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VM Rootkits: The Next Big Threat Print E-mail
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Source: eWeek - Posted by Eric Lubow   
Host Security Lab rats at Microsoft Research and the University of Michigan have teamed up to create prototypes for virtual machine-based rootkits that significantly push the envelope for hiding malware and that can maintain control of a target operating system. The proof-of-concept rootkit, called SubVirt, exploits known security flaws and drops a VMM (virtual machine monitor) underneath a Windows or Linux installation.

Once the target operating system is hoisted into a virtual machine, the rootkit becomes impossible to detect because its state cannot be accessed by security software running in the target system, according to documentation seen by eWEEK. The prototype, which will be presented at the IEEE Symposium on Security and Privacy later in 2006, is the brainchild of Microsoft's Cybersecurity and Systems Management Research Group, the Redmond, Wash., unit responsible for the Strider GhostBuster anti-rootkit scanner and the Strider HoneyMonkey exploit detection patrol.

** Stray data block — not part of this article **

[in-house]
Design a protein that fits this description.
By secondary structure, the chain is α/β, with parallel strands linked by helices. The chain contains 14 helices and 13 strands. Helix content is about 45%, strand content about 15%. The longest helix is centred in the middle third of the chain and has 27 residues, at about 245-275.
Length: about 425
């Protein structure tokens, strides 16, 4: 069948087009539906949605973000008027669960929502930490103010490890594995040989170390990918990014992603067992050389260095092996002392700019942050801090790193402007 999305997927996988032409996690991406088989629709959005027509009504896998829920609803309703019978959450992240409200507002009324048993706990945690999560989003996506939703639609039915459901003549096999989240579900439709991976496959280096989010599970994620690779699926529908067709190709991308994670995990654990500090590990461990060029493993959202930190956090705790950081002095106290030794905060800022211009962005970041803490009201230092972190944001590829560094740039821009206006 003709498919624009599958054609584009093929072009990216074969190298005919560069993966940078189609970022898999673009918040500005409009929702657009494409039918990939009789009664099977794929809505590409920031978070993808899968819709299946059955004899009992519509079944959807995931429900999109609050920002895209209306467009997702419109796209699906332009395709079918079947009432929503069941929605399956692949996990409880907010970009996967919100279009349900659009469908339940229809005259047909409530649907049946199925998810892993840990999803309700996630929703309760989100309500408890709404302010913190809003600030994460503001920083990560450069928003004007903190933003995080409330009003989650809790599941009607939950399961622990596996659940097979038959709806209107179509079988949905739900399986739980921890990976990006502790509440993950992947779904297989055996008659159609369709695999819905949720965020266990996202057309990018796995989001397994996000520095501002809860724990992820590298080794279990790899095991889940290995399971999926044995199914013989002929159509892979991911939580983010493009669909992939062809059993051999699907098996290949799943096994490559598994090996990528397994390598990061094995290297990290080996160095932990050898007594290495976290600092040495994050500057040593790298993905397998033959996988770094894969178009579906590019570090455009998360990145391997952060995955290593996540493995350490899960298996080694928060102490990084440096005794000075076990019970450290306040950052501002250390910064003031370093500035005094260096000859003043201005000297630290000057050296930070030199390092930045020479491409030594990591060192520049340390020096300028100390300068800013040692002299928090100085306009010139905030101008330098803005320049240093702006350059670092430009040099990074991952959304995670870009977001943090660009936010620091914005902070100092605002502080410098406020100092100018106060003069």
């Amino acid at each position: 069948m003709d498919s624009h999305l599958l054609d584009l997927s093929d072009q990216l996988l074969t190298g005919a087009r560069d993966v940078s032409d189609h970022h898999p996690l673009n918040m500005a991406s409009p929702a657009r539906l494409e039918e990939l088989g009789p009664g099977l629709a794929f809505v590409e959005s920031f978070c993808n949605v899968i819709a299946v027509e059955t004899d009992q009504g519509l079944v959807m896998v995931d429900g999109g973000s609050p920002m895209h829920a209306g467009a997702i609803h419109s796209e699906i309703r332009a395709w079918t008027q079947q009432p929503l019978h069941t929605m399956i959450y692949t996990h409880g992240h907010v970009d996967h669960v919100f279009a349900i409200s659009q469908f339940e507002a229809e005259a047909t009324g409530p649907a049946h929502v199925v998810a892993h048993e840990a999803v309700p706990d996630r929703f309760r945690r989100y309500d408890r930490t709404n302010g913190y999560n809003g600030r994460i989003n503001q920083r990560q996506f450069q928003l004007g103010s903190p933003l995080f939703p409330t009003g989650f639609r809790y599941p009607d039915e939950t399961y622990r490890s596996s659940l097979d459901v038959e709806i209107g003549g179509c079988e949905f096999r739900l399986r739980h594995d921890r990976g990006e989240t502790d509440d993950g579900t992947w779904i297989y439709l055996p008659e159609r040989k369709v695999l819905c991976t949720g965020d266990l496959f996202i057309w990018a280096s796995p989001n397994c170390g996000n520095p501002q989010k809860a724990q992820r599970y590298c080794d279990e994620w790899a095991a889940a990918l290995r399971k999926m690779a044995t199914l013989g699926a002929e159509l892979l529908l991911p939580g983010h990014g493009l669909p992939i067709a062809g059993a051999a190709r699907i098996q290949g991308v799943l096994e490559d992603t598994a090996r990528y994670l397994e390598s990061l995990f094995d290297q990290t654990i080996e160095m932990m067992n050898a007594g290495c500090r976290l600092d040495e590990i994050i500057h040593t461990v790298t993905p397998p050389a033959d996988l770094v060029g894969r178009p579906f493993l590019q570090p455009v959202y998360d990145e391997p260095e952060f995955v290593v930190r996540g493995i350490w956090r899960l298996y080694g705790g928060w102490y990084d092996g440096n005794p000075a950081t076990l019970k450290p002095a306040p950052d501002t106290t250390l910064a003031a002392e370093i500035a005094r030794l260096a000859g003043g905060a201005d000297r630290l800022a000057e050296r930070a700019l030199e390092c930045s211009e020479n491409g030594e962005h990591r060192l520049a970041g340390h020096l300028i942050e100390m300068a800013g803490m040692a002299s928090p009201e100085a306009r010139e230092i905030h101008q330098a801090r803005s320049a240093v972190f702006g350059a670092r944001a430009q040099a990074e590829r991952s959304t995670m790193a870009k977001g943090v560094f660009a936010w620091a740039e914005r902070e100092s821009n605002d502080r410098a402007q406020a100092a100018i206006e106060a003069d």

Read this full article at eWeek

Comments
And the nightmare begins ...Written by Sjan Evardsson on 2006-03-13 15:41:28
Those of us in the IT Security field probably think nothing of running 3 or 4 (or more) OSes on our laptops under VMs, for the purpose of testing, debugging, etc. The idea that the VM itself could be comprimised, however, makes for a whole other level of security concern. I think there are probably quite a few of us who feel "safe" running an unknown VM image as long as networking and local disk access is disabled - but with something like this lurking underneath what we may think is disabled is actually running, and well, you get the picture. 
 
The question I would pose is whether any of the AVs on the market currently can detect this from the host system? Since this runs above the host system but under the VM that should be possible. 

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